Each year now
more than 50 million people visit our national park system. Yosemite Valley
seethes like an anthill. Mile-long bear jams choke the highways of Yellowstone.
New campgrounds can't be punched out of the landscape fast enough to keep ahead
of the increase in campers, many of whom have never before slept in a tent or
cooked in the open, not even over a Coleman stove. Better roads will soon be
built, to make even remote parks like Rainbow Bridge National Monument (shown
on the opposite page) more accessible, but eventually new wilderness areas,
like the dry, wild lands of southern Utah (see next page), will have to be
acquired to absorb the increased tourist traffic.
To those who work
in the national parks nothing could be more encouraging than this great exodus
into the scenery, for they know that all of the country in their charge—the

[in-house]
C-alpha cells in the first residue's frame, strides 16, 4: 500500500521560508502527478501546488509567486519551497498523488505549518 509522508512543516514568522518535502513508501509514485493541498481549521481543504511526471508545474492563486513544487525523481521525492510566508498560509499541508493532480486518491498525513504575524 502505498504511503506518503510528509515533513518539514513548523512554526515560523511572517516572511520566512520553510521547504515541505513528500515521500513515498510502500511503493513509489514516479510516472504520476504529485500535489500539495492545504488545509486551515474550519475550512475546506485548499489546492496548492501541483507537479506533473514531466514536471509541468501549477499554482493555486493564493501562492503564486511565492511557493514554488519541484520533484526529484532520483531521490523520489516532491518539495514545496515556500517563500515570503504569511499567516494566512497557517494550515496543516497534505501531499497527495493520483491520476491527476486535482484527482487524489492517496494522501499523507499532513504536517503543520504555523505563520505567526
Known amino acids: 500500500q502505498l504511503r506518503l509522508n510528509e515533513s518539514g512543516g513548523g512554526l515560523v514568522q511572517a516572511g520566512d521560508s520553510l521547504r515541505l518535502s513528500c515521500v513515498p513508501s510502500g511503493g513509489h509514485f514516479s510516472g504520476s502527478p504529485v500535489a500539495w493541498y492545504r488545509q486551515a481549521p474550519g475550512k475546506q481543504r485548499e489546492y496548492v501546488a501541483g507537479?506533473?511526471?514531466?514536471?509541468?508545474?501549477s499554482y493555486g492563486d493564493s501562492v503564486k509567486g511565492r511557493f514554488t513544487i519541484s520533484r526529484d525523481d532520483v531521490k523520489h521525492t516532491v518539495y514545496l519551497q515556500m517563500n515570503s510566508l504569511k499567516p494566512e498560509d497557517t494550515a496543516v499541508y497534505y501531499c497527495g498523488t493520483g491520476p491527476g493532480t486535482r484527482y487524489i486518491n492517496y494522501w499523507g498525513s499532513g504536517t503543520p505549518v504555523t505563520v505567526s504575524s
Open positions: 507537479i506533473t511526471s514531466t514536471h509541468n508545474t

deserts, the mountains, the forests, the swamps, the ocean beaches—offers city
man a change, a chance to get back into step with the fundamental rhythms.
It's pleasant to
think that Americans are at last discovering America. But it's not so pleasant
to realize that, so far, they have discovered only the road that leads, and the
place it leads to; they have not yet discovered what it is that lies there.
As a seasonal
ranger in Wyoming's Grand Teton National Park, I spent one day a week
contacting park visitors on a point overlooking Jackson Hole and the Teton
Range. Each day I talked with several hundred people. A typical meeting would
go like this:
A man, his wife
and 8-year-old son walk up the short path from their car. "Where's that
airplane wreck?" asks the man.
I tell him that
the old crash was on Mount Moran, and I point to the 12,594-foot peak across
the valley. "That's an interesting mountain," I go on. "The black
streak you see running down the east face is a stream of volcanic material that
got pushed into—"
"You see it
from up here?" the man asks.
vertical black line to the left of the glacier."
"I mean the
seen it," I tell him.